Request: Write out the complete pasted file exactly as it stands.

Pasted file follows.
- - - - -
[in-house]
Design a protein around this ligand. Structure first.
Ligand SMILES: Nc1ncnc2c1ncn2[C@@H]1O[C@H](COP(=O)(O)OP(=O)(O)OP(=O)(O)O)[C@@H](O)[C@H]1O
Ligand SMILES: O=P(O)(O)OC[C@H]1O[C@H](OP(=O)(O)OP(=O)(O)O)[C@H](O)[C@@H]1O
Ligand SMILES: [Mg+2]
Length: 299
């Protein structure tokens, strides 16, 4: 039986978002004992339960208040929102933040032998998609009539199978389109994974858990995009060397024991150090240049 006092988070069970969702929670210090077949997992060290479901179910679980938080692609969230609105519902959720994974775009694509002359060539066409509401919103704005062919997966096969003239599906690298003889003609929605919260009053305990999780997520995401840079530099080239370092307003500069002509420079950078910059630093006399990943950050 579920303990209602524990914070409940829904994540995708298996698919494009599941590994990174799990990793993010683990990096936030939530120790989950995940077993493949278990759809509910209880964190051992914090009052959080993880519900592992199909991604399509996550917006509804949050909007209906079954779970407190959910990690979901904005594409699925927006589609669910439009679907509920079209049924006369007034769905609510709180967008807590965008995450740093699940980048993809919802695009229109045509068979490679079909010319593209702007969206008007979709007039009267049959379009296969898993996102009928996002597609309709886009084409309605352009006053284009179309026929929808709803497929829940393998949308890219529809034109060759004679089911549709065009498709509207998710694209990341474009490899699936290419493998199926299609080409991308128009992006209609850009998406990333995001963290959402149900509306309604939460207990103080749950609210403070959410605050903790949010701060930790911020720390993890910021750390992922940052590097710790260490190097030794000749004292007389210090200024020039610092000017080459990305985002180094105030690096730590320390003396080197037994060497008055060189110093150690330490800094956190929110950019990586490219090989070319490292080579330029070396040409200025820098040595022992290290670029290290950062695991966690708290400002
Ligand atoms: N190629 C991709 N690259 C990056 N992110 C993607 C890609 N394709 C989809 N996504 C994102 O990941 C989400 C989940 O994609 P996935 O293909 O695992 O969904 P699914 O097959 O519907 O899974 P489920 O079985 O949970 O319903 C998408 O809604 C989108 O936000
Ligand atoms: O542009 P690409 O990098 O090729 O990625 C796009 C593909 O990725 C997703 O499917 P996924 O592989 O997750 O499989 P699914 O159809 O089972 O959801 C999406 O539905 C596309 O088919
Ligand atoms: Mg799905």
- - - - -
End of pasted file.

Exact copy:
[in-house]
Design a protein around this ligand. Structure first.
Ligand SMILES: Nc1ncnc2c1ncn2[C@@H]1O[C@H](COP(=O)(O)OP(=O)(O)OP(=O)(O)O)[C@@H](O)[C@H]1O
Ligand SMILES: O=P(O)(O)OC[C@H]1O[C@H](OP(=O)(O)OP(=O)(O)O)[C@H](O)[C@@H]1O
Ligand SMILES: [Mg+2]
Length: 299
């Protein structure tokens, strides 16, 4: 039986978002004992339960208040929102933040032998998609009539199978389109994974858990995009060397024991150090240049 006092988070069970969702929670210090077949997992060290479901179910679980938080692609969230609105519902959720994974775009694509002359060539066409509401919103704005062919997966096969003239599906690298003889003609929605919260009053305990999780997520995401840079530099080239370092307003500069002509420079950078910059630093006399990943950050 579920303990209602524990914070409940829904994540995708298996698919494009599941590994990174799990990793993010683990990096936030939530120790989950995940077993493949278990759809509910209880964190051992914090009052959080993880519900592992199909991604399509996550917006509804949050909007209906079954779970407190959910990690979901904005594409699925927006589609669910439009679907509920079209049924006369007034769905609510709180967008807590965008995450740093699940980048993809919802695009229109045509068979490679079909010319593209702007969206008007979709007039009267049959379009296969898993996102009928996002597609309709886009084409309605352009006053284009179309026929929808709803497929829940393998949308890219529809034109060759004679089911549709065009498709509207998710694209990341474009490899699936290419493998199926299609080409991308128009992006209609850009998406990333995001963290959402149900509306309604939460207990103080749950609210403070959410605050903790949010701060930790911020720390993890910021750390992922940052590097710790260490190097030794000749004292007389210090200024020039610092000017080459990305985002180094105030690096730590320390003396080197037994060497008055060189110093150690330490800094956190929110950019990586490219090989070319490292080579330029070396040409200025820098040595022992290290670029290290950062695991966690708290400002
Ligand atoms: N190629 C991709 N690259 C990056 N992110 C993607 C890609 N394709 C989809 N996504 C994102 O990941 C989400 C989940 O994609 P996935 O293909 O695992 O969904 P699914 O097959 O519907 O899974 P489920 O079985 O949970 O319903 C998408 O809604 C989108 O936000
Ligand atoms: O542009 P690409 O990098 O090729 O990625 C796009 C593909 O990725 C997703 O499917 P996924 O592989 O997750 O499989 P699914 O159809 O089972 O959801 C999406 O539905 C596309 O088919
Ligand atoms: Mg799905």